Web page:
It’s the headline any search marketer would dread: “Google Bans BMW for Search Spamming.” For well-known companies, such bad publicity is reason enough to stay away from deceptive search practices. BMW’s plight was published in leading newspapers worldwide. But even small companies have reputations to uphold, because the blogosphere can trash a carefully cultivated image for ethics in a heartbeat.
On top of the public relations headaches, getting banned from search engines hurts your bottom line. Perhaps large companies can say their “mea culpas” and get reinstated quickly, but small companies may wait months to get back in Google’s good graces. What if your search traffic suddenly stopped?
Whatever the consequences, you must understand the terms of service of the major search engines. Google’s guidelines are located at www.google.com/webmasters/ guidelines.html (and other search engines have similar rules). Sure, a few people make a living fooling Google, but you’re not likely to be one of them.
Even if you think you can fool the search engines now, they increase their vigilance each day. Moreover, tricky techniques leave you vulnerable to being reported to the search engines by your competitors, causing an investigation. It’s safer and less work to know the rules of the road and abide by them.
Is Your Site Banned?
If your site’s pages are highly ranked in one search engine, but missing in action from another, your site may have been banned, or at least highly penalized. When search engines detect your use of spam techniques, they may ban your site (completely remove its pages from the search index) or penalize your site (remove some pages from the index, or lower your rankings from normal levels).
You should suspect a ban or penalty when:
- Your home page can be found only by a direct search on the URL – queries for words on the page don’t work anymore.
- The number of your site’s pages included in the search index rapidly decreases. To check, do a search for site:www.yourdomain.com to check.
- The search engine shows fewer and fewer links to your site each month, maybe decreasing to zero. Search for link:www.yourdomain.com to find out.
- Your site’s search engine referrals have dropped drastically in a short period of time. Use your Web metrics software to detect this situation.
If you suspect a problem, you first need to diagnose the cause. Let’s look at the technique that tripped up BMW. We’ll explore others in columns to come.
The Old Bait and Switch
BMW was caught using a spamming technique called cloaking. Cloakers employ tricks to show the search spider one version of their page and show searchers another, in a high tech version of the old “bait and switch” scam.
Some cloakers use a sophisticated technique called IP delivery, in which the spider’s name (called the user-agent name) and its IP address (the unique identification of a computer’s location on the Internet) are used to switch the page. The cloaker creates a program to dynamically serve a Web page, but that program checks the user-agent name and the IP address to decide which version of the page to show.
It’s sometimes acceptable to use cloaking techniques, as long as the effect is not to show one page to visitors and another to search engines. One ethical use is to deliver pages to spiders that require cookies (which spiders choke on). If you use IP delivery, make sure you present essentially the same content both to spiders and people.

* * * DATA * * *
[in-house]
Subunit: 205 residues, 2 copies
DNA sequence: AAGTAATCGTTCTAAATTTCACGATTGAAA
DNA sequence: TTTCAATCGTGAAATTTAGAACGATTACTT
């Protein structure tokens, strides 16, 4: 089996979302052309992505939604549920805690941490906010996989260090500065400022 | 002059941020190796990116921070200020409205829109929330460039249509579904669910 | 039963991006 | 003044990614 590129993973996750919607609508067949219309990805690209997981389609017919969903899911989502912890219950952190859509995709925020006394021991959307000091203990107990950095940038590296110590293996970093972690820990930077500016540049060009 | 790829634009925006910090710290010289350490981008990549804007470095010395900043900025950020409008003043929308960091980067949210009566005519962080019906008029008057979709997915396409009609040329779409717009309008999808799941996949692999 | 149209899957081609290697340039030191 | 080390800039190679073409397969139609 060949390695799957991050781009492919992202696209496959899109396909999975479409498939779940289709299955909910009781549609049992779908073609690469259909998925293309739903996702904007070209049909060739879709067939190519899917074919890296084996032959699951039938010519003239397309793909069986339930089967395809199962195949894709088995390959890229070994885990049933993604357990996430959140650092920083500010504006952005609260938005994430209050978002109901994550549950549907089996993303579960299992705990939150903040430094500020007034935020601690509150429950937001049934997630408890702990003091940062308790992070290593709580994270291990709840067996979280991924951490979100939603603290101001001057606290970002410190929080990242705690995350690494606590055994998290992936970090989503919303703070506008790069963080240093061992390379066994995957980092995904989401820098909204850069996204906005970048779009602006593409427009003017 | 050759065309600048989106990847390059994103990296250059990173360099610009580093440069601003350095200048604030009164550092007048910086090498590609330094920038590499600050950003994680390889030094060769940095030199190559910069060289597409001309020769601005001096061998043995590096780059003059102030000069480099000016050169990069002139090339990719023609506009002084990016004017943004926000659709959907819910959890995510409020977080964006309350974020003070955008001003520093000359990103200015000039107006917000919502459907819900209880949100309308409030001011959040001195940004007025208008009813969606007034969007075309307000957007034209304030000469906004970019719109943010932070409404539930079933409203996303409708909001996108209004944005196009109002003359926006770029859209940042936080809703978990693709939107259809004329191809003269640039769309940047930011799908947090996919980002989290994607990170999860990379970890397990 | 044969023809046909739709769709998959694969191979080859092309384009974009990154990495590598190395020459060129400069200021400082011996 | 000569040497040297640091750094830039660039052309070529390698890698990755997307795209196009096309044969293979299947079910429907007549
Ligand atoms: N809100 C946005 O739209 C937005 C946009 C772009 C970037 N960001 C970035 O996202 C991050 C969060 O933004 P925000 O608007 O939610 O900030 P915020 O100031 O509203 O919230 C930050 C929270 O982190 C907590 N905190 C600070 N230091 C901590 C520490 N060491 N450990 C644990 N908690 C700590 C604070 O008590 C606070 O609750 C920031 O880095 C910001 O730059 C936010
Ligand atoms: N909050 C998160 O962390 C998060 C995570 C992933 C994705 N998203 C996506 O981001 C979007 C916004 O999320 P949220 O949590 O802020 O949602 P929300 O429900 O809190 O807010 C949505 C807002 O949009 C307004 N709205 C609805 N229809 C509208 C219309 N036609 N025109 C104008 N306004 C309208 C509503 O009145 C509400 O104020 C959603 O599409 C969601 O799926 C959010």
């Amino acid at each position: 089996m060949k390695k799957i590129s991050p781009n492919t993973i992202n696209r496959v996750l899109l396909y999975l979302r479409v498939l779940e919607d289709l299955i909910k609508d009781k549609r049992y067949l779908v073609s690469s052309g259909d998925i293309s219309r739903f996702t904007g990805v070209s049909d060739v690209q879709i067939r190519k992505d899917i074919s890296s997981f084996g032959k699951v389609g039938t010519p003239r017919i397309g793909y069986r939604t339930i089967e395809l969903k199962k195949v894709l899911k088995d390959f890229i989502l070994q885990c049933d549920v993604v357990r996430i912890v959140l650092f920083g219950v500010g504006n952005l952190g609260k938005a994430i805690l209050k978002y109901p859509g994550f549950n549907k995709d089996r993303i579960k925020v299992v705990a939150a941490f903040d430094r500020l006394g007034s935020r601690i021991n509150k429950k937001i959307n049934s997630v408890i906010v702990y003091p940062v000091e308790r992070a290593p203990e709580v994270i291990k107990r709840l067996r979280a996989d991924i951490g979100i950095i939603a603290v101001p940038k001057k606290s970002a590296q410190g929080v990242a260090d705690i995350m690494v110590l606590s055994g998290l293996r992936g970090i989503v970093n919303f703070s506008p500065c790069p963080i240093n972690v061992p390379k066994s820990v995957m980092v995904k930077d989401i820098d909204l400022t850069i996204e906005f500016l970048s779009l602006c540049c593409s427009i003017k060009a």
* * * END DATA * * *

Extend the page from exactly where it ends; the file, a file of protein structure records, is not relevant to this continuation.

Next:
My SEO Made Me Do It
BMW didn’t blame its incident on a rogue search engine optimization consultant, but many spam violations are indeed caused by unethical consultants. Understand that the search engines hold you responsible for your site’s spamming regardless of how it happened. If you want to stay out of Google jail, ask yourself some questions about any firm you are considering hiring:
- Do they guarantee top rankings? Reputable firms don’t. Expect ironclad guarantees to be fueled by cheating, and expect those ill-gotten results to be fleeting.
- Do they promise that you won’t have to make big changes to your site? Be suspicious of link spam if the only changes needed are weird links to other sites hidden on your pages. Those other sites are your consultant’s other clients, whom they also coerce to link to you. If it seems fishy, well, it is.
- Do they talk about special techniques that give you an edge? Pay attention to the old bait and switch, or suffer BMW’s fate.
If you answered yes to any of these questions, you may be working with a spammer. One way to trick the trickster is to pretend that you really want to hire a firm that does spamming. See if they promise they will. Ethical companies will try to talk you out of spamming instead.
What if you catch competitors spamming? Turn them in to the search engines. Google and the other search engines investigate each spam report and take action when warranted. When you report a spam violation, make sure you include the search term you used, the shady URL from the search results, the exact spam technique you suspect (with whatever evidence you have) and why it’s bad for searchers for this violation to continue unchecked.
We looked at cloaking today, but many spam techniques are in use that you need to be aware of. In my next column, we’ll examine content spam techniques, and finish up our three-part look at the dark side of link spam. Whatever the technique, spam leaves you vulnerable to negative publicity and outright ban by search engines, so steer clear.
MIKE MORAN is an IBM Distinguished Engineer and product manager for IBM’s OmniFind search product. Mike is also the co-author of the book Search Engine Marketing, Inc. and can be reached through his website MikeMoran.com.